Hey, Ron's a college professor.  A professor's job is to convey information.  A good professor doesn't just spoon feed you what you need to pass the test.  A good professor gives you just enough to pique your interest and then coaches you through learning the rest on your own.  Nothing is learned so well as that which one works to attain.

The Forge is just like a college class.  You can use it to build a foundation for life long learning.  Or you can just take what you need from it at the time and move on.
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James Holloway
Member

Posts: 372


« Reply #49 on: April 06, 2005, 08:06:20 AM »

Quote from: pete_darby
Hmm, I can agree that Ron has a reputation for being hard to grasp, or easy to misinterpret, but I've never had that trouble (well, no more so than with anyone else, apart from some of my co-workers).

No, me neither, but I find it interesting that I do better with theory when I'm back at school -- I do think that people expect articles about gaming to be very easy to comprehend, possibly because most articles discussing "how to roleplay" or "how to design games" have been, up to this point, impassioned, colloquial writing like Chris Kubasik's "Interactive Toolkit" or else wah-wah rubbish like the "how to run this game" section of most rulebooks (although there are notable exceptions).

I'm always a little astounded by the suggestion that GNS at its core is "too hard" or that there's "too much of it." There are, what, six essays core if you count the provisional glossary? You could put those in a book called "an introduction to Creative Agenda Theory" (although I can see why you might not want to) and it would still be a medium-sized paperback. You can read through the GNS essays once a day for a week, give it another week or two to digest, come back and read 'em again to see how they make sense in light of the first reading, and Bob's your uncle. You probably know as much about the theory as you'll ever need to. Is that really such hard work?

This is particularly odd coming from gamers, people who have tended in the past to be willing to take on huge amounts of information in the form of rules, setting detail, plot canon and so on and so forth.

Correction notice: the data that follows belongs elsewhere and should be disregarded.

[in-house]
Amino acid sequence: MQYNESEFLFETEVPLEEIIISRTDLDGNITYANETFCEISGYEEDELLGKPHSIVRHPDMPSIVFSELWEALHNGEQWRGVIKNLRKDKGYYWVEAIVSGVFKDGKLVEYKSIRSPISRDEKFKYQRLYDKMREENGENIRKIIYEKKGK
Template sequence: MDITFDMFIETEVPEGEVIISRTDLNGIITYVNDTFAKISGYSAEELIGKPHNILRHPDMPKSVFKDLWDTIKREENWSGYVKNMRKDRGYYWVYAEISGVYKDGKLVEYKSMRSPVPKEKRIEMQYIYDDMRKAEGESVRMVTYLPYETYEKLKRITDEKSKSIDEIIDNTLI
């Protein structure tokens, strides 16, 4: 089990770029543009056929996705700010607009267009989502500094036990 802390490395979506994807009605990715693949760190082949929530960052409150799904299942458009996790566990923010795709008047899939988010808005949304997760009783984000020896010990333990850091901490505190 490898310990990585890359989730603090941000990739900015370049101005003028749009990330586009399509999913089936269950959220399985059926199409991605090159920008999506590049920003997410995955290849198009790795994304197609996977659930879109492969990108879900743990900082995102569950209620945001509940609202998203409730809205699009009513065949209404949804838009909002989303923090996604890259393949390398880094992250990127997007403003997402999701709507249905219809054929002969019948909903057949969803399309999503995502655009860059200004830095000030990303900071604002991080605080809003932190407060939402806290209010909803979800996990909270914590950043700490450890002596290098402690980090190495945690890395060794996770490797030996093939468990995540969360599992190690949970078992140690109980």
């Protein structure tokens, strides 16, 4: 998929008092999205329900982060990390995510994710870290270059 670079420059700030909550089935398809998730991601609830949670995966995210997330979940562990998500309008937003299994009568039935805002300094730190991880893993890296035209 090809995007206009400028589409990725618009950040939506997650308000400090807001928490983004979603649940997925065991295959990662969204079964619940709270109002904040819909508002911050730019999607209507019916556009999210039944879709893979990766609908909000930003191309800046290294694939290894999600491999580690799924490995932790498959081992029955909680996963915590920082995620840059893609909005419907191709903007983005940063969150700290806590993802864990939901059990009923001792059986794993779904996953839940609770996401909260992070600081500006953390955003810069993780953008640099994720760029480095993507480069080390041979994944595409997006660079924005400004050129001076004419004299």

I think that the Forge and CA theory have acquired this reputation for being impossibly complex and difficult, and that this tends to produce angry, aggrieved reactions from posters encountering the inevitable early frustration that comes with trying to learn anything new. But I can't escape the conclusion that the theory is as hard as you make it -- I'm not up on the finer points, but I think I have a pretty good grasp of the basics, and I'm not exactly a forge elite-whatever.

Chris Lehrich has talked about related phenomena far more eloquently and more angrily than I in his lj, relating to his students, and come to tougher conclusions.

I don't know what the Forge can do except maybe have a clearer "if you want to get a grip on the basics of CA theory, here's where to start" link, but I don't think it's that unclear already.
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Simon Kamber
Member

Posts: 175


« Reply #50 on: April 06, 2005, 08:37:41 AM »

Quote from: Mike Holmes
But I'm not sure that I get your point? You want it to be simpler? Can't be done. Just like quantum physics can't be made any easier to understand, because the principles underlying it are very complex. GNS isn't even near that level of complexity, but the same principle is true.

Hmm, getting into some misunderstandings here. Rephrase:

No, I do not think it is too hard. No, I do not think it's more complex, or even as complex, as other academic disciplines. While both ways of saying things amounts to the same actual thing being said, the academic way of saying it is more precise and complex, for better and for worse. And for those who've just arrived at this place, it takes a while to get used to the way things work. I don't know about everyone else, but I've never seen a roleplaying side that took this long to get to understand.

So yes, it is complex, and it is daunting. That doesn't mean it has to be changed, it's just a matter of fact.

So, I think we basically agree. I'm just trying to see it from the point of the view of the daunted newcomer. Particularly because I'm, at the moment, trying to write something that'll help just those newcomers have an easier time 'getting' The Forge.
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Simon Kamber
Frank T
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« Reply #51 on: April 06, 2005, 09:22:52 AM »

A sticky directing them toward the glossary and "The Model as seen by Valamir" could serve the purpose. Honestly, without those two texts, I'd still be hopelessly lost. The latter is brilliant for getting a first grasp, while the former is invaluable for looking up terms and guiding you to "standard" threads you should read.
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Bankuei